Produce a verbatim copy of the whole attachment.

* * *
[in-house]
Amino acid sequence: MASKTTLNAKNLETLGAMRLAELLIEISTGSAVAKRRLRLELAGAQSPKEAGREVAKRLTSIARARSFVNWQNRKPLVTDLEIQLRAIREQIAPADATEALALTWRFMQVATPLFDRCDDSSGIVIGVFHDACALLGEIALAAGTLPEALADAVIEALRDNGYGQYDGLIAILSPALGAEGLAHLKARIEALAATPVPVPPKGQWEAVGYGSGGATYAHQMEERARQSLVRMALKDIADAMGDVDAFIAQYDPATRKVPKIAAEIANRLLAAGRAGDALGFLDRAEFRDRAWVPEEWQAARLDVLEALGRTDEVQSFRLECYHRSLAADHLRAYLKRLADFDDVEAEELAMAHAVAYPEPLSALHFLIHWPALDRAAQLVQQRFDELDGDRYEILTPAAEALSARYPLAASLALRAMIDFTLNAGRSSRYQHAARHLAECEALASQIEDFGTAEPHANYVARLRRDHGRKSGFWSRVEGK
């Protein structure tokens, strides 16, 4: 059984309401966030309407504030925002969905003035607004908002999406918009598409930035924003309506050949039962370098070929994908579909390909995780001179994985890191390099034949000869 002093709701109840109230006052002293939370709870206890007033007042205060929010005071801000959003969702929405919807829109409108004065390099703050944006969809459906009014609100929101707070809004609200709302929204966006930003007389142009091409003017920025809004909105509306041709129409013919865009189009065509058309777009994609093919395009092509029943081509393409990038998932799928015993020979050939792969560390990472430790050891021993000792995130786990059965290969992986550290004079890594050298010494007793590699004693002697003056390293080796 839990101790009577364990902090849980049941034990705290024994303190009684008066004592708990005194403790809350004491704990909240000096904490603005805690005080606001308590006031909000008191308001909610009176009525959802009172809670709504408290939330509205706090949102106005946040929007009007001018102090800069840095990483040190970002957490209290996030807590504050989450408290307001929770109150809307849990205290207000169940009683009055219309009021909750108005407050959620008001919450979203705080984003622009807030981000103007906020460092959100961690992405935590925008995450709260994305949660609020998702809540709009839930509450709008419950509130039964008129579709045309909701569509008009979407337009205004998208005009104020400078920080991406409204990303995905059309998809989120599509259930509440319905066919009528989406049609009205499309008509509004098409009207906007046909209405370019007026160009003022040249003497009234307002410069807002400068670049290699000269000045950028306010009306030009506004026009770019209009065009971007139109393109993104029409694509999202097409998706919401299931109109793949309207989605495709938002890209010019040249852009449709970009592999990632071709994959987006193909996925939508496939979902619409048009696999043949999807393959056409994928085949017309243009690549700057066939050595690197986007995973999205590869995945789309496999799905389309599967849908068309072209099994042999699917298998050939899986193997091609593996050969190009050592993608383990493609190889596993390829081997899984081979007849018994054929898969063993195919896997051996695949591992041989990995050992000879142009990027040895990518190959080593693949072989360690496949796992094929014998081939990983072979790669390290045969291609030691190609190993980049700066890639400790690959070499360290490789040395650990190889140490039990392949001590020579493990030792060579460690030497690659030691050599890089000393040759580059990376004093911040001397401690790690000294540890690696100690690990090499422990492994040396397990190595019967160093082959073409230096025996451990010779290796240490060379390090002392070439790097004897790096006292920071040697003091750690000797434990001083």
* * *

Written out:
[in-house]
Amino acid sequence: MASKTTLNAKNLETLGAMRLAELLIEISTGSAVAKRRLRLELAGAQSPKEAGREVAKRLTSIARARSFVNWQNRKPLVTDLEIQLRAIREQIAPADATEALALTWRFMQVATPLFDRCDDSSGIVIGVFHDACALLGEIALAAGTLPEALADAVIEALRDNGYGQYDGLIAILSPALGAEGLAHLKARIEALAATPVPVPPKGQWEAVGYGSGGATYAHQMEERARQSLVRMALKDIADAMGDVDAFIAQYDPATRKVPKIAAEIANRLLAAGRAGDALGFLDRAEFRDRAWVPEEWQAARLDVLEALGRTDEVQSFRLECYHRSLAADHLRAYLKRLADFDDVEAEELAMAHAVAYPEPLSALHFLIHWPALDRAAQLVQQRFDELDGDRYEILTPAAEALSARYPLAASLALRAMIDFTLNAGRSSRYQHAARHLAECEALASQIEDFGTAEPHANYVARLRRDHGRKSGFWSRVEGK
């Protein structure tokens, strides 16, 4: 059984309401966030309407504030925002969905003035607004908002999406918009598409930035924003309506050949039962370098070929994908579909390909995780001179994985890191390099034949000869 002093709701109840109230006052002293939370709870206890007033007042205060929010005071801000959003969702929405919807829109409108004065390099703050944006969809459906009014609100929101707070809004609200709302929204966006930003007389142009091409003017920025809004909105509306041709129409013919865009189009065509058309777009994609093919395009092509029943081509393409990038998932799928015993020979050939792969560390990472430790050891021993000792995130786990059965290969992986550290004079890594050298010494007793590699004693002697003056390293080796 839990101790009577364990902090849980049941034990705290024994303190009684008066004592708990005194403790809350004491704990909240000096904490603005805690005080606001308590006031909000008191308001909610009176009525959802009172809670709504408290939330509205706090949102106005946040929007009007001018102090800069840095990483040190970002957490209290996030807590504050989450408290307001929770109150809307849990205290207000169940009683009055219309009021909750108005407050959620008001919450979203705080984003622009807030981000103007906020460092959100961690992405935590925008995450709260994305949660609020998702809540709009839930509450709008419950509130039964008129579709045309909701569509008009979407337009205004998208005009104020400078920080991406409204990303995905059309998809989120599509259930509440319905066919009528989406049609009205499309008509509004098409009207906007046909209405370019007026160009003022040249003497009234307002410069807002400068670049290699000269000045950028306010009306030009506004026009770019209009065009971007139109393109993104029409694509999202097409998706919401299931109109793949309207989605495709938002890209010019040249852009449709970009592999990632071709994959987006193909996925939508496939979902619409048009696999043949999807393959056409994928085949017309243009690549700057066939050595690197986007995973999205590869995945789309496999799905389309599967849908068309072209099994042999699917298998050939899986193997091609593996050969190009050592993608383990493609190889596993390829081997899984081979007849018994054929898969063993195919896997051996695949591992041989990995050992000879142009990027040895990518190959080593693949072989360690496949796992094929014998081939990983072979790669390290045969291609030691190609190993980049700066890639400790690959070499360290490789040395650990190889140490039990392949001590020579493990030792060579460690030497690659030691050599890089000393040759580059990376004093911040001397401690790690000294540890690696100690690990090499422990492994040396397990190595019967160093082959073409230096025996451990010779290796240490060379390090002392070439790097004897790096006292920071040697003091750690000797434990001083």